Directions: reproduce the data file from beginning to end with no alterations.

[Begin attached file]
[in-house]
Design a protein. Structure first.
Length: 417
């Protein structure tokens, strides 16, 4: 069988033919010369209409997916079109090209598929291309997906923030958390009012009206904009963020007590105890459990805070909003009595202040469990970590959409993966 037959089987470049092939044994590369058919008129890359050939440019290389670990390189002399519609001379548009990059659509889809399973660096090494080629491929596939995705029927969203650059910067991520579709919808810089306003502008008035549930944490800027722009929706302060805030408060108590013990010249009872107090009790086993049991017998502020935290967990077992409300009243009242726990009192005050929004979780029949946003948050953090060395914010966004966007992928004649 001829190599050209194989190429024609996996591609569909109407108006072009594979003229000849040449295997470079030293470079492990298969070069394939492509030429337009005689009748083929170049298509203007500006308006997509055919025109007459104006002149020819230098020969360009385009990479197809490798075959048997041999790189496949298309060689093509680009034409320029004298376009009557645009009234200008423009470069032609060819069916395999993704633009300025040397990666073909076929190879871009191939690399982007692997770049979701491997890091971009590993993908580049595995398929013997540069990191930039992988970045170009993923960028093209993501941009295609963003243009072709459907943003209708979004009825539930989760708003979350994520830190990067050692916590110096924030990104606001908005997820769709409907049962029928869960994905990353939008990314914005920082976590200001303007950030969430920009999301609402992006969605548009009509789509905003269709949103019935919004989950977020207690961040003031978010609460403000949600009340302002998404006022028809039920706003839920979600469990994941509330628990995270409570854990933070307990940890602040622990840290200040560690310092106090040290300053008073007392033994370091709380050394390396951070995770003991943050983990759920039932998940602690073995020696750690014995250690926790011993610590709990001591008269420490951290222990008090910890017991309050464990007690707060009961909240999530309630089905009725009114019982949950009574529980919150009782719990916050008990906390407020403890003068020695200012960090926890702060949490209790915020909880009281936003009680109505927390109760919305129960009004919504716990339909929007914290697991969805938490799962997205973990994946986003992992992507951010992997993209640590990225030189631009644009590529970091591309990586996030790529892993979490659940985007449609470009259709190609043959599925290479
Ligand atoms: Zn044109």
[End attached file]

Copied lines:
[in-house]
Design a protein. Structure first.
Length: 417
């Protein structure tokens, strides 16, 4: 069988033919010369209409997916079109090209598929291309997906923030958390009012009206904009963020007590105890459990805070909003009595202040469990970590959409993966 037959089987470049092939044994590369058919008129890359050939440019290389670990390189002399519609001379548009990059659509889809399973660096090494080629491929596939995705029927969203650059910067991520579709919808810089306003502008008035549930944490800027722009929706302060805030408060108590013990010249009872107090009790086993049991017998502020935290967990077992409300009243009242726990009192005050929004979780029949946003948050953090060395914010966004966007992928004649 001829190599050209194989190429024609996996591609569909109407108006072009594979003229000849040449295997470079030293470079492990298969070069394939492509030429337009005689009748083929170049298509203007500006308006997509055919025109007459104006002149020819230098020969360009385009990479197809490798075959048997041999790189496949298309060689093509680009034409320029004298376009009557645009009234200008423009470069032609060819069916395999993704633009300025040397990666073909076929190879871009191939690399982007692997770049979701491997890091971009590993993908580049595995398929013997540069990191930039992988970045170009993923960028093209993501941009295609963003243009072709459907943003209708979004009825539930989760708003979350994520830190990067050692916590110096924030990104606001908005997820769709409907049962029928869960994905990353939008990314914005920082976590200001303007950030969430920009999301609402992006969605548009009509789509905003269709949103019935919004989950977020207690961040003031978010609460403000949600009340302002998404006022028809039920706003839920979600469990994941509330628990995270409570854990933070307990940890602040622990840290200040560690310092106090040290300053008073007392033994370091709380050394390396951070995770003991943050983990759920039932998940602690073995020696750690014995250690926790011993610590709990001591008269420490951290222990008090910890017991309050464990007690707060009961909240999530309630089905009725009114019982949950009574529980919150009782719990916050008990906390407020403890003068020695200012960090926890702060949490209790915020909880009281936003009680109505927390109760919305129960009004919504716990339909929007914290697991969805938490799962997205973990994946986003992992992507951010992997993209640590990225030189631009644009590529970091591309990586996030790529892993979490659940985007449609470009259709190609043959599925290479
Ligand atoms: Zn044109």